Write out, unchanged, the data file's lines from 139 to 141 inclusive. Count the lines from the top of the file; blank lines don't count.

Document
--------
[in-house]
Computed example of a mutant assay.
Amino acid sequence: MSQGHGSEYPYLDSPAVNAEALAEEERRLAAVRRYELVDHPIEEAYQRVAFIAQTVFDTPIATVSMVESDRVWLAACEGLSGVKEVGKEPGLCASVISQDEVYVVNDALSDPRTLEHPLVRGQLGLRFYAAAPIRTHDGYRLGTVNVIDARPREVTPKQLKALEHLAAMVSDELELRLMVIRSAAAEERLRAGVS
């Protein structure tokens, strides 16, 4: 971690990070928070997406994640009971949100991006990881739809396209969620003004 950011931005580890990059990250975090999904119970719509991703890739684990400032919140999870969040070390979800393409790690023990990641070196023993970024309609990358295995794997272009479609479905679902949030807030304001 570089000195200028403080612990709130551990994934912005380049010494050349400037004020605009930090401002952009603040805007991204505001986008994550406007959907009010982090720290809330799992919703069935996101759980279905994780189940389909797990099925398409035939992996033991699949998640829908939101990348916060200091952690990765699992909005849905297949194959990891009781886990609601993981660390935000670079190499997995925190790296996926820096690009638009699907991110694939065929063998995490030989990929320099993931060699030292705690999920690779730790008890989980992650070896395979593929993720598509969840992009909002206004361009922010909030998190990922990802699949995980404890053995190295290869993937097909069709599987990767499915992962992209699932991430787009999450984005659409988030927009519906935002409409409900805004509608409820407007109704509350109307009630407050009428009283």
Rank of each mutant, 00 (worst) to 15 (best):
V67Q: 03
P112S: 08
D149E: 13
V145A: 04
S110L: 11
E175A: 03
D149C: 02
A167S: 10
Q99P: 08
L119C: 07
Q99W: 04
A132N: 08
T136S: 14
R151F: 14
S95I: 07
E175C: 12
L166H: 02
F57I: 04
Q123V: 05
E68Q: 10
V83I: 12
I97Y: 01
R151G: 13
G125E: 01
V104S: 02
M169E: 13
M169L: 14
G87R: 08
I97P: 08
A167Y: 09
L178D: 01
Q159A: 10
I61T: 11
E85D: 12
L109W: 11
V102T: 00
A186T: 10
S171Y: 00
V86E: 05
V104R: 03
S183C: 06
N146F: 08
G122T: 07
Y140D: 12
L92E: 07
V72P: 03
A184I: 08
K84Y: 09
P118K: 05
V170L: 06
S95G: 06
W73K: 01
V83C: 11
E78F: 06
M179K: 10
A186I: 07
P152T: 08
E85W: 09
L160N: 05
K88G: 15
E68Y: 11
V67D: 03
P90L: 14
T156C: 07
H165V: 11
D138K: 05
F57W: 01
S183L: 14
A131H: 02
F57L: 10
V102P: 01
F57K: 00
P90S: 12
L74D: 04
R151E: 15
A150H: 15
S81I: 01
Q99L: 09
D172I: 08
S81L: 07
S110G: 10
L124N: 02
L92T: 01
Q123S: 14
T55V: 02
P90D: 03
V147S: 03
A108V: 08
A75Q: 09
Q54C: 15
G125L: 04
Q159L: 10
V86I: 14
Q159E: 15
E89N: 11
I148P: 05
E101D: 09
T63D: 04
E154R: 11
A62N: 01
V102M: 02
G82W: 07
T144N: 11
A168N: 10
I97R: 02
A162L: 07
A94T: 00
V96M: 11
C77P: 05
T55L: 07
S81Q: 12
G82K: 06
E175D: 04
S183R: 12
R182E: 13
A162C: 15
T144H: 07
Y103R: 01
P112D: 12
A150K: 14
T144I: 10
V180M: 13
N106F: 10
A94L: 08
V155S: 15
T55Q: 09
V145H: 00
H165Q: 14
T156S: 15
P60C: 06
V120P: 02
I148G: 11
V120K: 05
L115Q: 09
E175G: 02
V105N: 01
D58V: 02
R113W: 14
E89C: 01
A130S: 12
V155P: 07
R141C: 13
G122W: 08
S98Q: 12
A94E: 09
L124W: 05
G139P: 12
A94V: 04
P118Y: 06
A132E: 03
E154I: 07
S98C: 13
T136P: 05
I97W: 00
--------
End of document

L115Q: 09
E175G: 02
V105N: 01